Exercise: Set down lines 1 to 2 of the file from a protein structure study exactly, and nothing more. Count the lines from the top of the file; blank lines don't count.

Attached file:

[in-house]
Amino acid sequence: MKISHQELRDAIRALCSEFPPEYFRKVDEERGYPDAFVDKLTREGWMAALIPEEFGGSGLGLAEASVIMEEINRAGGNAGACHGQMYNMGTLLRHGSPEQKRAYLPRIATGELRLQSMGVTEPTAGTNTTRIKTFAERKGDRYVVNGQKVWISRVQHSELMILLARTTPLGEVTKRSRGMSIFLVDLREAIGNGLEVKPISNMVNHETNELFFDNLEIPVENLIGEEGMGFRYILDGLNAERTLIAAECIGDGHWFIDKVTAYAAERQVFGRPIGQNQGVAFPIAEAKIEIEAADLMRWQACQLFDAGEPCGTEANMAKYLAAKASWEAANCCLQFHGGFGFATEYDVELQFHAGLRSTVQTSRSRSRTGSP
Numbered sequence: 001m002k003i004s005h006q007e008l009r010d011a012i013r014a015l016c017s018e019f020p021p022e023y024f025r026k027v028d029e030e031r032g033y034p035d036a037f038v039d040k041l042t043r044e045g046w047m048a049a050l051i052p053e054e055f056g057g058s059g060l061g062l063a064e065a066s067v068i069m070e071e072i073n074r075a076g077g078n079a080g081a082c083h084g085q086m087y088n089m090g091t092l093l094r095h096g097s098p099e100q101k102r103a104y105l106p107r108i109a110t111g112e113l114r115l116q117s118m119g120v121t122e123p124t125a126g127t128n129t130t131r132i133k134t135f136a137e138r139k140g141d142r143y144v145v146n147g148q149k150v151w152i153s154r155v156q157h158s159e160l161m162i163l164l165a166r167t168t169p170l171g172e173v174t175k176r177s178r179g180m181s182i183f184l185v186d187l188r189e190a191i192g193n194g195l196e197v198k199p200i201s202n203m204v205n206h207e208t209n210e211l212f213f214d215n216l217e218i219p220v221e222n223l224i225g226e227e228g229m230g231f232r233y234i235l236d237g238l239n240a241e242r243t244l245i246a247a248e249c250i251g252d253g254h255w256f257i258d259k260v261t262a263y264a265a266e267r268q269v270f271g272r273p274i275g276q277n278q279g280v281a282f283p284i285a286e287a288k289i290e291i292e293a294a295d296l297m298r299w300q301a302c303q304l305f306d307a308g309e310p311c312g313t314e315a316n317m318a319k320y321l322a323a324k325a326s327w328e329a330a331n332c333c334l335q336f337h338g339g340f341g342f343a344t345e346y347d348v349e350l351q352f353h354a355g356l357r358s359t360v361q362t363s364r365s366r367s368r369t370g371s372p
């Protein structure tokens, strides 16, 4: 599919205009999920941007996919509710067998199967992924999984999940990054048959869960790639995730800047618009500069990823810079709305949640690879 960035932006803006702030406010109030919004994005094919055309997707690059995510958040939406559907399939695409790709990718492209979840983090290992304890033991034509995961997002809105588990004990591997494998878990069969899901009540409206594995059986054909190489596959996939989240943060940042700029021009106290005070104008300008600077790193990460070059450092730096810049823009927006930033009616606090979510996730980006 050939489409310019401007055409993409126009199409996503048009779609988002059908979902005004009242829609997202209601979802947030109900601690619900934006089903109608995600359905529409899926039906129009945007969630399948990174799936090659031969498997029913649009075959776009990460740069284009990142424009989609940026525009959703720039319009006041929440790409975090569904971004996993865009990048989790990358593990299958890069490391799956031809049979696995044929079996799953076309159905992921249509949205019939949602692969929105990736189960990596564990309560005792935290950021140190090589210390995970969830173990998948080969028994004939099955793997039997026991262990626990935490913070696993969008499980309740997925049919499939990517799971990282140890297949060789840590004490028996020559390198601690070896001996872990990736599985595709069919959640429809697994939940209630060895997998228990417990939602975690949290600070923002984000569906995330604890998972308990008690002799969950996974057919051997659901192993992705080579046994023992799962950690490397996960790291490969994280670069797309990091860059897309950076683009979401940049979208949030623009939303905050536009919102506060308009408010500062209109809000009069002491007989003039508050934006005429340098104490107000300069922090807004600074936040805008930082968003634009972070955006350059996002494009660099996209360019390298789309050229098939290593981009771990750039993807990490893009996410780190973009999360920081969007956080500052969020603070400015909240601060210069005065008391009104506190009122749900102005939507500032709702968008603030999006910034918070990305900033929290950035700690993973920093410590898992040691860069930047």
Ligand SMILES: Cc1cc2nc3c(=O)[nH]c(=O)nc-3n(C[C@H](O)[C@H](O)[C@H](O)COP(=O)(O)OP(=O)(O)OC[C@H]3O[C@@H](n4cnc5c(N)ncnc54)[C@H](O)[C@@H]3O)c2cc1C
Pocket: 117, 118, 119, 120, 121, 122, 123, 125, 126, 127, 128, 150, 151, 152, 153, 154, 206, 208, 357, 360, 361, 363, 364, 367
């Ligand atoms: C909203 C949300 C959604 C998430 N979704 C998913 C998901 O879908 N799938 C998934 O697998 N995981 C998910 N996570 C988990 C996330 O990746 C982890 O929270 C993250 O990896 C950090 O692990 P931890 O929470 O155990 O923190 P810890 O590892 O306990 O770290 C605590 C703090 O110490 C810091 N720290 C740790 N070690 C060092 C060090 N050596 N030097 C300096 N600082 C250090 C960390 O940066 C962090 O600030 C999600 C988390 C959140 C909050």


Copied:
[in-house]
Amino acid sequence: MKISHQELRDAIRALCSEFPPEYFRKVDEERGYPDAFVDKLTREGWMAALIPEEFGGSGLGLAEASVIMEEINRAGGNAGACHGQMYNMGTLLRHGSPEQKRAYLPRIATGELRLQSMGVTEPTAGTNTTRIKTFAERKGDRYVVNGQKVWISRVQHSELMILLARTTPLGEVTKRSRGMSIFLVDLREAIGNGLEVKPISNMVNHETNELFFDNLEIPVENLIGEEGMGFRYILDGLNAERTLIAAECIGDGHWFIDKVTAYAAERQVFGRPIGQNQGVAFPIAEAKIEIEAADLMRWQACQLFDAGEPCGTEANMAKYLAAKASWEAANCCLQFHGGFGFATEYDVELQFHAGLRSTVQTSRSRSRTGSP